- 1 Interior Gateway Protocols IGP
- 2 Exterior Gateway Protocols EGP
- 3 A definition of Autonomous Systems
- 4 Autonomous Systems in the real world
- 5 Transit AS and Transit path
- 6 Autonomous system number (ASN)
- 7 How to determine the Autonomous System
- 8 Tier 1 ISP, Regional ISP and Access ISP
- 9 Customer, Provider and Peer
Interior Gateway Protocols IGP
Interior Gateway Protocols are the protocols that run inside an autonomous system. IGPs are all (or most) of the protocols you learned in school (or later in your career): RIP, OSPF, EIGRP, IS-IS,…
IGP can be redistributed into EGPs.
Exterior Gateway Protocols EGP
An exterior gateway protocol is used to route packets between autonomous systems. The most famous one is BGP.
EGPs can be redistributed into IGPs.
A definition of Autonomous Systems
An autonomous system (AS) is a group of IGPs that are administered by the same authority. We can’t really define autonomous systems as a number of routers running one IGP, because there are companies that merge, and their internetworks form one single autonomous system.
Autonomous system can mean also the routing process domain. For example, a router that is running an OSPF process number 1 is an autonomous system. Another OSPF process that runs on the same router is another autonomous system. Redistributing between -let’s say- BGP routes and OSPF routes is in fact redistributing routes between two autonomous systems.
Autonomous Systems in the real world
Usually a company is assigned one autonomous system. However, some big companies -such as Google- have more than one AS.
Transit AS and Transit path
An autonomous system is called a Transit AS if packets from one AS flow through it to reach another AS.
Take a look at the figure. We have three autonomous systems AS1, AS2 and AS3. If packets from AS1 transit through AS2 to reach AS3, then AS2 is a transit AS.
The path that is forged between the source AS and the destination AS across the transit AS is then called Transit path.
An ISP can provide transit network path for Internet traffic. However, it is not accepted for a enterprise client network to be a transit network.
Autonomous system number (ASN)
In the past, the autonomous system number ASN was written in two bytes. Nowadays, with the apparition of a new RFC, the ASN is written on four bytes.
Each byte ranges from 1 to 65535. So the biggest ASN value you can have is “65535.65535”.
The four-byte notation is backward-compatible with the two-byte notation. So if you have ASN 100, it can be written as 0.100.
Note that the range [64512 – 65535] is called private AS numbers. These private AS numbers are used to interconnect a company to its ISP and are not routed into the global Internet. In fact, when an ISP has multiple clients, it can assign to them unique private ASN. However, the ISP does not propagate the private ASN’s into the global Internet.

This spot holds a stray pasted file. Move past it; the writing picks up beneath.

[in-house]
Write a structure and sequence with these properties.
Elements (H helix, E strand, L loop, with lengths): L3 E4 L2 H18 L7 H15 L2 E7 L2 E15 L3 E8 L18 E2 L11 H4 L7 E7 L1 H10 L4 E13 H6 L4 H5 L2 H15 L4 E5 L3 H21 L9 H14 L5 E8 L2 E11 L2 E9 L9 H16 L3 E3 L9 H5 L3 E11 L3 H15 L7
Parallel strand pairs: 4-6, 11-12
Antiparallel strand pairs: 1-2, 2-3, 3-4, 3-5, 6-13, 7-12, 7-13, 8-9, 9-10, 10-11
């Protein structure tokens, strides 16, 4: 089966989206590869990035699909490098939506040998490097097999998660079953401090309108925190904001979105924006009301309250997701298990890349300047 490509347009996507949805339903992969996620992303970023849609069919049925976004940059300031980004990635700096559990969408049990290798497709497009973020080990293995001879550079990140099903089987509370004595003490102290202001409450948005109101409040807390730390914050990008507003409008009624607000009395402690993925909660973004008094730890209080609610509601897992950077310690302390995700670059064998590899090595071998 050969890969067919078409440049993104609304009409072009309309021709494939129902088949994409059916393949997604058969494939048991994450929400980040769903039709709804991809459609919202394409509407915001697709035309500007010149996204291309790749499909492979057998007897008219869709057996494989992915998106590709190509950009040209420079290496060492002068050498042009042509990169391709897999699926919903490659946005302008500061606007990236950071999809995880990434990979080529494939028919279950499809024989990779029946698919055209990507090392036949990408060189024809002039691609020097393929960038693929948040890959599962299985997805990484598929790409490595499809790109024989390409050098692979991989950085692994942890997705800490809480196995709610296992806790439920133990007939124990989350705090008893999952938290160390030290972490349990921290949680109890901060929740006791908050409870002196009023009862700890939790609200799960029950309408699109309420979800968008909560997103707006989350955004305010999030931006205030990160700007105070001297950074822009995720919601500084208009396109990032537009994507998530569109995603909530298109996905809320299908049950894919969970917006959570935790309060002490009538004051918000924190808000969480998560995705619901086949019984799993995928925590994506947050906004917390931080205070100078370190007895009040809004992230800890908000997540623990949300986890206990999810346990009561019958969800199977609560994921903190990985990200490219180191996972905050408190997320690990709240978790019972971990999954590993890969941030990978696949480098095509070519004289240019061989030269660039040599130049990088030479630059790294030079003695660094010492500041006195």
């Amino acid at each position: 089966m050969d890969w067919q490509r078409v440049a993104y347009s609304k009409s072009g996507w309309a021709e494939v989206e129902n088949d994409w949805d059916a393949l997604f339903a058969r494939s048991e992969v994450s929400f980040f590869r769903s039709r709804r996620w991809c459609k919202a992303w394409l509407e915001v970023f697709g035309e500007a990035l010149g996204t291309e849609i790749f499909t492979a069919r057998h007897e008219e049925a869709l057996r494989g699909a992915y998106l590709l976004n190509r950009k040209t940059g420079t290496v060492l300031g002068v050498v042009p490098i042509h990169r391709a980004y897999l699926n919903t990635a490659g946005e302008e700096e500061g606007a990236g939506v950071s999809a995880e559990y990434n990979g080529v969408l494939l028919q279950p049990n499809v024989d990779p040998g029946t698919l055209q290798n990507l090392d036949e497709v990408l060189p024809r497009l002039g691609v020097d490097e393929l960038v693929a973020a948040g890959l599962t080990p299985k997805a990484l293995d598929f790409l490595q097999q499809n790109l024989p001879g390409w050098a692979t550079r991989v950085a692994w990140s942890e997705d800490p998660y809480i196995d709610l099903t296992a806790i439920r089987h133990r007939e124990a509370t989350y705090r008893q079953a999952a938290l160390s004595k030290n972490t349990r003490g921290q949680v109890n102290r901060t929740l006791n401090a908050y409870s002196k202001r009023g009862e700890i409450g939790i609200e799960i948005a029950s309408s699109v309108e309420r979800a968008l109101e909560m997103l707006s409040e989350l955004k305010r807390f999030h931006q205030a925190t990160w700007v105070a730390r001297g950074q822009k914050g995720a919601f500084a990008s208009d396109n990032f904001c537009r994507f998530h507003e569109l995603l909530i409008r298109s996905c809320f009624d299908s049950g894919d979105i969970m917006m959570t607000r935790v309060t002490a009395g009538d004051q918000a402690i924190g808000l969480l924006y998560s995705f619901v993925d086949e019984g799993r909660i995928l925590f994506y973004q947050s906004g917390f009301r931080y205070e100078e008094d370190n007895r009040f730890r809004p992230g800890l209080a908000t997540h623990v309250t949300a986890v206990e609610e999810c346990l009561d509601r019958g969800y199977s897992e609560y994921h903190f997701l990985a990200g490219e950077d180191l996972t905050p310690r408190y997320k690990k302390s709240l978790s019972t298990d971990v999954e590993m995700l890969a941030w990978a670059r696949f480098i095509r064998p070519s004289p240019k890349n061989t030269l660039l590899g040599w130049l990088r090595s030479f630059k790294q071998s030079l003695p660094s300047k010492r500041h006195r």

How to determine the Autonomous System
Given a public IP address, it is possible to determine the correspondent autonomous sytem. We do that online with a nice tool provided by Team Cymru.
- We need to select the RIR that corresponds to your country. For example, if my country is Germany, I go to RIPE. There is a simple way to quickly determine it on this website:
- then, go to http://www.team-cymru.org/IP-ASN-mapping.html
- select your RIR. Here it is RIPE NCC
- All IP-to-autonomous system mapping are listed:
Tier 1 ISP, Regional ISP and Access ISP
There are three main categories of ISPs:
- Tier-1 ISP
- Regional ISP
- Access ISP
- Tier 1 ISPs connect to each other in a full-meshed fashion and free-settlement, i.e. they do not charge fees for interlinking between each other and exchanging packets.
- Regional ISPs are customers of Tier 1 ISPs. They pay Tier 1 ISPs to route packets across their links. Regional ISPs make peering links between each other that are usually free of charge. Besides, ISP autonomous systems are never transit AS for their peers.
- Access ISPs are the ones you and me connect to. They are customers of Regional ISPs.
Customer, Provider and Peer
The relationship between these types of ISPs is a customer/provider/peer relationship; an ISP can take the role of a customer, a provider, both (customer and provider), and peer.
ISP_A is a customer of ISP_B when ISP_A purchases access to networks either managed by ISP_B or reachable via ISP_B; ISP_B is then the provider and AS_B is a transit AS. In this case, ISP_A has to purchase transit traffic bandwidth from ISP_B. Needless to say, most -if not all non-Tier-1 ISPs – need to purchase at least some transit traffic bandwidth.
ISP_C and ISP_D are peers when they can reach each other’s networks for free. However, if ISP_D were peering with another ISP_X, then ISP_C won’t see the networks of ISP_X through the peering link.
In terms of cost:
- subscriber traffic is free of charge
- Peer traffic is almost free of charge, if we neglect the cost of connecting to the peer AS (switch port and the interconnection link)
- Transit traffic is the most expensive.